Drawing on these four key principles, St Ethelburga’s now:
- Works for the integration of refugees and asylum seekers by building relationships across differences and by training young people to become allies to displaced people
- Empowers young adults to lead and collaborate across faiths and culture, working particularly with sacred activism and spiritual ecology
- Supports Christian leaders to turn churches into hubs of reconciliation expertise for their local communities
- Speaks out about the need for cooperation and living true to our deepest human values.
Which of these themes speaks most to my context?
As coordinator of the Open Table Network of ecumenical worship communities for LGBT+ Christians and all who seek an inclusive church, I can see elements of each of these principles in my ministry, though perhaps the greatest is Community Across Difference. We are not currently involved in interfaith work, though in Liverpool we did co-facilitate a group called Spectrum of Spirituality which hosted an interfaith celebration as part of the city’s annual Pride festival. We are, however, crossing boundaries between Christian traditions – Open Table communities are hosted in churches from four different traditions: Anglican, Baptist, Methodist and United Reformed churches. We are also seeking reconciliation between, and integration for, LGBT+ Christians and the churches which can sometimes be inhospitable places for those who present a minority report on gender identity and sexual orientation.
Our journey with St Ethelburga’s
As St Ethelburga’s is not a residential centre, we stayed at The Royal Foundation of St Katherine in Limehouse, voted one of London’s top ten most peaceful places.
It was a 20-minute bus journey from there to St Ethelburga’s but some of us took the opportunity to do a prayer walk guided by fellow pilgrim Ish Lennox. Highlights included seeing the faded façade of Wilton’s, one of the few surviving music hall venues, and the impressive mural depicting the Battle of Cable Street. This was a clash between the police officers sent to protect a march by members of the British Union of Fascists led by Oswald Mosley, and anti-fascist counter-demonstrators.
Dr Justine Huxley, the Chief Executive of the Centre, led us in reflection on the first day, sharing how she felt called, following the terrorist attacks of 9/11 in the US and 7/7 in the UK, to build bridges and move towards acknowledging our interdependence across differences. She invited us to imagine a world where:
- Conflict is an opportunity to change and grow
- People collaborate across differences of all kinds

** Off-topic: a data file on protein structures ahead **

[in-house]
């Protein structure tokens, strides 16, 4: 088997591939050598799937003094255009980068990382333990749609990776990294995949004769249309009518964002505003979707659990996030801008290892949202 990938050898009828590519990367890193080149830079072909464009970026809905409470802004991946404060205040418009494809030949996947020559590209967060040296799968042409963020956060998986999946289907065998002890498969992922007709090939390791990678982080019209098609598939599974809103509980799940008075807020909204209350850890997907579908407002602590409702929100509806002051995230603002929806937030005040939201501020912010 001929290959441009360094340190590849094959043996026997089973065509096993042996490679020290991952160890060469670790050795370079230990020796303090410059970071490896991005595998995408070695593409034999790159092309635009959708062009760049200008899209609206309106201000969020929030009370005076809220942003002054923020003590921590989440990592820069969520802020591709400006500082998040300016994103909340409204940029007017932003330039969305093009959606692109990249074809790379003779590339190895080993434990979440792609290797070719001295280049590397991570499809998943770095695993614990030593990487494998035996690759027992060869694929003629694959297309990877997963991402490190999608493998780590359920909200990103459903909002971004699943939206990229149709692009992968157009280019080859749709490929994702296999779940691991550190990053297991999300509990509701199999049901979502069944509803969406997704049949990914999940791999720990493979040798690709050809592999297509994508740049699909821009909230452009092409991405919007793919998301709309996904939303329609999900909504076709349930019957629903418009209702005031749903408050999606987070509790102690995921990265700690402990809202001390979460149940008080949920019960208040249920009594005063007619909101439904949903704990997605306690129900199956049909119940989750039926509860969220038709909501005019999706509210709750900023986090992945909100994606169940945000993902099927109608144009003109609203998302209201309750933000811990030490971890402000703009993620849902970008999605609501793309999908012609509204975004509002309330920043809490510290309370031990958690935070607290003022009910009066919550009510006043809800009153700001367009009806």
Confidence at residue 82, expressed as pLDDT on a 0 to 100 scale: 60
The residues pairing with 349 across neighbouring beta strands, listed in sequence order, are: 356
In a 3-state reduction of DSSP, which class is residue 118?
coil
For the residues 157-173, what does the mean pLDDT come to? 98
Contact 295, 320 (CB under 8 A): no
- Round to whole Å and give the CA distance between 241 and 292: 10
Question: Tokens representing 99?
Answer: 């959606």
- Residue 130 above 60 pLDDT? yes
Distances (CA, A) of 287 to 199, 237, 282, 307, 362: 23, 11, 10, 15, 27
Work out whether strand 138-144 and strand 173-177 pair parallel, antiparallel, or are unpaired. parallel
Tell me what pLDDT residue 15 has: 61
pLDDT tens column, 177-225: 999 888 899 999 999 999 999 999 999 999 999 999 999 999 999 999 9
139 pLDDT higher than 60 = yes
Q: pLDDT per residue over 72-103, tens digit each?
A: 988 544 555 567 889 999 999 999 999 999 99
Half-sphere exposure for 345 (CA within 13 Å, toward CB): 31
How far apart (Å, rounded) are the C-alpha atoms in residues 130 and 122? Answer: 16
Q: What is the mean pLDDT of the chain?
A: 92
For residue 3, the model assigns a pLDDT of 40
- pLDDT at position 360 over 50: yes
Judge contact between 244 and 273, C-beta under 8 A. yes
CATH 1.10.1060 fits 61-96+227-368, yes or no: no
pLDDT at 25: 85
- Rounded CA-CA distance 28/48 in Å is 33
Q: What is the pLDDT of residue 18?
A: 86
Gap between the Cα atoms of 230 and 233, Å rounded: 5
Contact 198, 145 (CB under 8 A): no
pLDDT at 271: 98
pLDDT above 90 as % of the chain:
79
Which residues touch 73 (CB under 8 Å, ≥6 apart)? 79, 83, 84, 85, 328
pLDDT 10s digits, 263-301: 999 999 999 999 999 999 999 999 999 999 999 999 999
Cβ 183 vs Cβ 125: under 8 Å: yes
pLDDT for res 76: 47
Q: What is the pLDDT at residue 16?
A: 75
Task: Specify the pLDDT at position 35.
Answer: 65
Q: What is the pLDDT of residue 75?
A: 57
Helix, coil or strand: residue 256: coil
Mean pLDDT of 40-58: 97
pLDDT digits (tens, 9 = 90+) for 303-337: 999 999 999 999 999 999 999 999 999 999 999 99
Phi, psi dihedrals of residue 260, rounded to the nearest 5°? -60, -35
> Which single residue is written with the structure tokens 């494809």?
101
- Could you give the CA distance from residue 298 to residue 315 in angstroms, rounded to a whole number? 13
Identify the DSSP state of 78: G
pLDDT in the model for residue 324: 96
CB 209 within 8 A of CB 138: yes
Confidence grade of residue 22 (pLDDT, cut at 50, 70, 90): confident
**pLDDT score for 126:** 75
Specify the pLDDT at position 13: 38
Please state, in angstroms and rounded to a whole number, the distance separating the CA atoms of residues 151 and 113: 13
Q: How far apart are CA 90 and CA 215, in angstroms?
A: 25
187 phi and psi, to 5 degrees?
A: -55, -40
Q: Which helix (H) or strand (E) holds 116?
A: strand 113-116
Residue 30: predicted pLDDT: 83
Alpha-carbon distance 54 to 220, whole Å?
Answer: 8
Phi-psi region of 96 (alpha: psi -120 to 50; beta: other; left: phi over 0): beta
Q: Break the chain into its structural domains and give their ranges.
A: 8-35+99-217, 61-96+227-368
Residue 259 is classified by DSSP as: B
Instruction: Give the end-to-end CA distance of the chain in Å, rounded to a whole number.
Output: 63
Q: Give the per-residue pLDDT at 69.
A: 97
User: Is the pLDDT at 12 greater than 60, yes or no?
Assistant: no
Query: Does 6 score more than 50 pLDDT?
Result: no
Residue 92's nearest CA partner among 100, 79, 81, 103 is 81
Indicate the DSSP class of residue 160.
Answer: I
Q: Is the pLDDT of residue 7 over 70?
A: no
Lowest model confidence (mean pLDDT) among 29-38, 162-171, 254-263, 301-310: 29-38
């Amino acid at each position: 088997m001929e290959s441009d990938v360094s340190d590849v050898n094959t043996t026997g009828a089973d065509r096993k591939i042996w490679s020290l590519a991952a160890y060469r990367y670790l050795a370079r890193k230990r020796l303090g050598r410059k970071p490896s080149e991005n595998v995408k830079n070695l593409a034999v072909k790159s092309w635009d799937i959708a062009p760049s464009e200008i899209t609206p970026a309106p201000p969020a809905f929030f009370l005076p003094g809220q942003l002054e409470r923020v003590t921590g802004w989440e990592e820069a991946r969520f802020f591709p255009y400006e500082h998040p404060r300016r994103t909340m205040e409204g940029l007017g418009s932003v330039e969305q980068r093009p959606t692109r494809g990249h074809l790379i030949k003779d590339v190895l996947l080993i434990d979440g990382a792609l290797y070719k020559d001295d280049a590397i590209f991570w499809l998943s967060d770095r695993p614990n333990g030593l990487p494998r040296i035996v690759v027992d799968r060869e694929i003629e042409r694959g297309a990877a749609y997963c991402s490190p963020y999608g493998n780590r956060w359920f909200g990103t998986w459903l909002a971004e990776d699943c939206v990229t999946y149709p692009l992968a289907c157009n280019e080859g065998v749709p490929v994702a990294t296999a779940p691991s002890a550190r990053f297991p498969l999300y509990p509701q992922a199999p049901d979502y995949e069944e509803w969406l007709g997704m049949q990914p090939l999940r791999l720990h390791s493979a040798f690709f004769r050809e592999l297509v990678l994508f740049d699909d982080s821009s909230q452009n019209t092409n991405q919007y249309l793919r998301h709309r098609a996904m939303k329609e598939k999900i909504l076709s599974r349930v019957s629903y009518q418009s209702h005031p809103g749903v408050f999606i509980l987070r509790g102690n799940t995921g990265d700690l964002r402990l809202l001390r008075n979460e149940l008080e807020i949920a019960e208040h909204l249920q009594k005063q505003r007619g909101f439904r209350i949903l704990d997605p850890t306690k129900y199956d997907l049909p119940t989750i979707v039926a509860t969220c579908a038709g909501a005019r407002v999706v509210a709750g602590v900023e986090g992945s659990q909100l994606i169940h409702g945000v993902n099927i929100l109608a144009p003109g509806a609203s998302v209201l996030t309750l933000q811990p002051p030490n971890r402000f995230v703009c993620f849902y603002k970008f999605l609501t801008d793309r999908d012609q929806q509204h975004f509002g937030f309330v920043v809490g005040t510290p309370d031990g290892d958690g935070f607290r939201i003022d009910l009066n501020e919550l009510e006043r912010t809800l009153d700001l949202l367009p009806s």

- Justice focusses on healing and restoration, not punishment
- Resources are shared
- Everyone has a voice
- All religions are honoured as different paths to meaning
- The earth and all life are treated as sacred.
She described how peace-making may mean being ‘confronted with enormous need’ and ‘meeting need with something authentic within myself’. She believes this is based in the knowledge that self-change can only be done with God’s help. She invited us to commit to a shared vision of peace, as a vital call for the survival and flourishing of all of us:
‘The 21st Century will be the century of peace – or humanity will cease to be’Dalai Lama
We were invited to reflect on how our own areas of conflict related to climate justice. I found this challenging – when faced with the urgency of action to protect the environment and life on our planet, where does activism for the LGBT+ community fit in? However, I take inspiration from the work of Peterson Toscano, a gay performance artist and activist for equality and environment issues. He cites many examples of how those who are less privileged and more marginalised have the most to lose in times of crisis. Here too we may see evidence of this: In 2018-19 police forces in England and Wales recorded a 25% increase in homophobic hate crime and an even more shocking 37% increase in transphobic hate crime. Peterson advocates solidarity with other causes which seek equality and justice for all, such as the #BlackLivesMatter movement and #ExtinctionRebellion.
We also heard from colleagues working on Archbishop Justin Welby’s Reconciliation Ministry, who gave us a taster of Difference, a 5-session course exploring ‘what it means to follow Jesus in the face of conflict and see transformation through everyday encounters.’ One element of the course encourages three habits:
- Be curious: See how the world looks through others’ eyes
- Be present: Bring your whole self with authenticity and confidence